Rwanda’s emergence as a prime investment destination in Africa has enhanced her integration into regional and the wider global economies.
The country’s changing economic fortunes have ridden on the back of a bouquet of reforms in various sectors of the economy.
While most of these reforms revolve around popular business and economic areas that are evident to the casual observer such as starting a business, registering property, trading across borders, protecting investors and accessing credit, the least mentioned is perhaps Rwanda’s strides in the adoption of International Financial Reporting Standards (IFRS).
This is not surprising though, given that IFRS is often thought of as ‘something technical that accountants and auditors talk about or do’.
Legislative changes touching on key sectors of the economy in recent years, including a new Banking Act, Company’s Act and Insurance Law have included components seeking to enforce adoption of IFRS by companies in Rwanda.
This aligns Rwanda’s efforts with the rest of the world, where the globalisation of business and finance has led to the successful mass adoption of IFRS by over 12,000 companies in over 100 countries.
The world’s largest economies have not been left behind in supporting the concept of ultimately attaining use of a single set of high quality accounting standards globally.
The most notable initiative is the ongoing convergence project between IFRS and the US generally accepted accounting principles.
In the European Union, member states have been required to use IFRS as adopted by the EU for listed companies since 2005.
Other major economies that are in the process of adopting IFRS or aligning their national accounting frameworks with IFRS include Brazil, Russia, India, China, Japan and Canada.
Despite the challenges towards full compliance in Rwanda, there are obvious benefits in IFRS adoption to the economy as a whole and to individual businesses.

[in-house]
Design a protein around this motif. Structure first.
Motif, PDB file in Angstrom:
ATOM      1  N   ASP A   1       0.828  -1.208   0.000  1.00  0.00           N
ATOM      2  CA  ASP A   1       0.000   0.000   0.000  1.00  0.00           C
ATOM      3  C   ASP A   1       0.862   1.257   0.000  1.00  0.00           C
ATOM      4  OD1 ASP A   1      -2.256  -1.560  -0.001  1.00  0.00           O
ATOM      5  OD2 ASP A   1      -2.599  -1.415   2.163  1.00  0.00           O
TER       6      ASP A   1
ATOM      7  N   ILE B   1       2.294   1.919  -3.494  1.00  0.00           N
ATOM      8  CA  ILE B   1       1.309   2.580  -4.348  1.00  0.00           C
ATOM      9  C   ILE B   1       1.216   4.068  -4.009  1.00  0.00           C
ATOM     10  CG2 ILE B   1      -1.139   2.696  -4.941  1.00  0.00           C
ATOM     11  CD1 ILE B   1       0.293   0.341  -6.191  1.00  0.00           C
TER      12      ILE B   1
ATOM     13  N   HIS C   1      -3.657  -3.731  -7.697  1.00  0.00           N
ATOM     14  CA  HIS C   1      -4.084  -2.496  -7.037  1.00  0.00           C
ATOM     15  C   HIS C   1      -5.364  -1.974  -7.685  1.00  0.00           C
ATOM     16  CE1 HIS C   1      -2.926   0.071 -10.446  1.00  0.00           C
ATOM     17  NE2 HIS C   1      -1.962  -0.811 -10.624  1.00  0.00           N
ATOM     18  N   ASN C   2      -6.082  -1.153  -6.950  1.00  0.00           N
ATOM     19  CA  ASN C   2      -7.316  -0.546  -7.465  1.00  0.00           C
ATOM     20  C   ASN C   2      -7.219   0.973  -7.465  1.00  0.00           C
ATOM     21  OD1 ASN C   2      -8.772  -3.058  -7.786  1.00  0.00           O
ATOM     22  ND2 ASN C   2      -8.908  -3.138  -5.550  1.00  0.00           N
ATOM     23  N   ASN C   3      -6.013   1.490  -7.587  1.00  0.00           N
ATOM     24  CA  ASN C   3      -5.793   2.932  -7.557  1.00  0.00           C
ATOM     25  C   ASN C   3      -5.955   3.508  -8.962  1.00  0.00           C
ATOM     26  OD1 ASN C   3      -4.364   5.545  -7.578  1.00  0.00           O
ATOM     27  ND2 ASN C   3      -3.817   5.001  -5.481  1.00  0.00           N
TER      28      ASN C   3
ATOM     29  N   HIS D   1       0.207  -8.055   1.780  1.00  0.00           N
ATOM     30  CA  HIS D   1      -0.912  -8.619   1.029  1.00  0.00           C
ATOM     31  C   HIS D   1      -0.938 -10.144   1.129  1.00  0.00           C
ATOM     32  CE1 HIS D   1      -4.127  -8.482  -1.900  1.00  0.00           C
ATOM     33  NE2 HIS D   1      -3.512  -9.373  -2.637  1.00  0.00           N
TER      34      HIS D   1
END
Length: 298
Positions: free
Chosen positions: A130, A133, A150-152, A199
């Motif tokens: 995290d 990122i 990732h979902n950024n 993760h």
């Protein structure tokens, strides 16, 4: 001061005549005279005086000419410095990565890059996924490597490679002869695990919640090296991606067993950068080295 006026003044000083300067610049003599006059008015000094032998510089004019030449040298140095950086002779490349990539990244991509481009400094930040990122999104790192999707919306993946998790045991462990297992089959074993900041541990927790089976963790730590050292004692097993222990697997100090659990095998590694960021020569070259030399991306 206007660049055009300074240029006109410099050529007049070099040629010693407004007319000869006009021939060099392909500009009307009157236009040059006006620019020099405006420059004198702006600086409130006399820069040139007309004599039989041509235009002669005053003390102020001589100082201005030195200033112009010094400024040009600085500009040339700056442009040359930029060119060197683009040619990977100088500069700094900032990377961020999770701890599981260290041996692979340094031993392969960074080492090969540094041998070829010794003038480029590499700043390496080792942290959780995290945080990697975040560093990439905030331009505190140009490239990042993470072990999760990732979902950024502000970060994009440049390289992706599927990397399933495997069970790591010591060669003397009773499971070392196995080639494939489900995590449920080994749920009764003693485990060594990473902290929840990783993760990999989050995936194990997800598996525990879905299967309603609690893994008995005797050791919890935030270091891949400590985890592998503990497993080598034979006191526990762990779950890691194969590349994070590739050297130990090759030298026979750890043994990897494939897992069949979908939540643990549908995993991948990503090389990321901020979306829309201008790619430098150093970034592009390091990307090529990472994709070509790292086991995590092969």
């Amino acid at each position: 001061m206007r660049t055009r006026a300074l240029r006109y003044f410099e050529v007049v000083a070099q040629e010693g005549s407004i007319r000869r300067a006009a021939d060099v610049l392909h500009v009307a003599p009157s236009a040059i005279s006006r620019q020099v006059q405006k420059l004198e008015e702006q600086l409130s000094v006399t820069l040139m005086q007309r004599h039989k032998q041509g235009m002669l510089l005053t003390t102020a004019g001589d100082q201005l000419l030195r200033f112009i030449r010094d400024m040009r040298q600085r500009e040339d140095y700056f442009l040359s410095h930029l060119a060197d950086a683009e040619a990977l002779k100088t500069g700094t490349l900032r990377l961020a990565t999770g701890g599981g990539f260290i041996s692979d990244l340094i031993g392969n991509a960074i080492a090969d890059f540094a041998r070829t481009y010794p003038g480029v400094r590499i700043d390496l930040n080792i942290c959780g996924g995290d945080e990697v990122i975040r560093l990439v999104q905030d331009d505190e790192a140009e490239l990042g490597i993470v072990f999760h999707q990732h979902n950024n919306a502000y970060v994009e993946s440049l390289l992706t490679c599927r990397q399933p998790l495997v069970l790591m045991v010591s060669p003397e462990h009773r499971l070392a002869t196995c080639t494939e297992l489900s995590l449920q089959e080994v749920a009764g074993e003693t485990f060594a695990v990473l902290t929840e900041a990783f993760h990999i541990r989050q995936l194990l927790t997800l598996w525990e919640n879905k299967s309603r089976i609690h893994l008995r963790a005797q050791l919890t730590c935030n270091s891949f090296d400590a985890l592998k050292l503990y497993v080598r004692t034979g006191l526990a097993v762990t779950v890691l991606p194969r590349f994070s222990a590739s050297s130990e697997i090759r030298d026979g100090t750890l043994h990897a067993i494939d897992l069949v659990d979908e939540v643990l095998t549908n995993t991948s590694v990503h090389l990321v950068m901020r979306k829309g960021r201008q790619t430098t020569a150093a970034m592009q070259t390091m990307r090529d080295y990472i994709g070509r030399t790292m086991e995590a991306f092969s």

As an emerging prime investment destination in Africa, foreign investors seeking to invest in local companies will seek assurance that the financial information of target local companies is prepared using a set of high-quality, understandable and globally accepted accounting standards.
Often, the companies coming to invest in Rwanda are subsidiaries of foreign companies that must use IFRS. The same applies to local businesses seeking financing from abroad or from local banks.
The financial information they provide to financiers is only reliable to the extent that it is prepared using globally accepted accounting standards.
Comparability of financial information prepared by local businesses to that prepared by local peers within their respective industries or by similar businesses abroad is at the heart of the global drive towards use of a single set of high quality accounting standards.
Regulated businesses, such as those quoted at the Rwanda Stock Exchange or those in the financial services sector have stakeholders who require reliable financial information from them, whether it is the regulators, the stock exchange investors, the banking public or a buyer of an insurance policy.
In looking at Rwanda’s road map towards full IFRS compliance, a number of areas need to be addressed: the capacity of our accountants to implement IFRS; legislative requirements that are in conflict with an IFRS framework; whether it is too much of a burden for SMEs; and whether Rwanda’s tax regime is supportive of an IFRS framework.
In the next few weeks, we will look at these questions and discuss the practical implications of some standards and developments in the IFRS world to local businesses.
Samuel Kariuki is a Manager with PwC Rwanda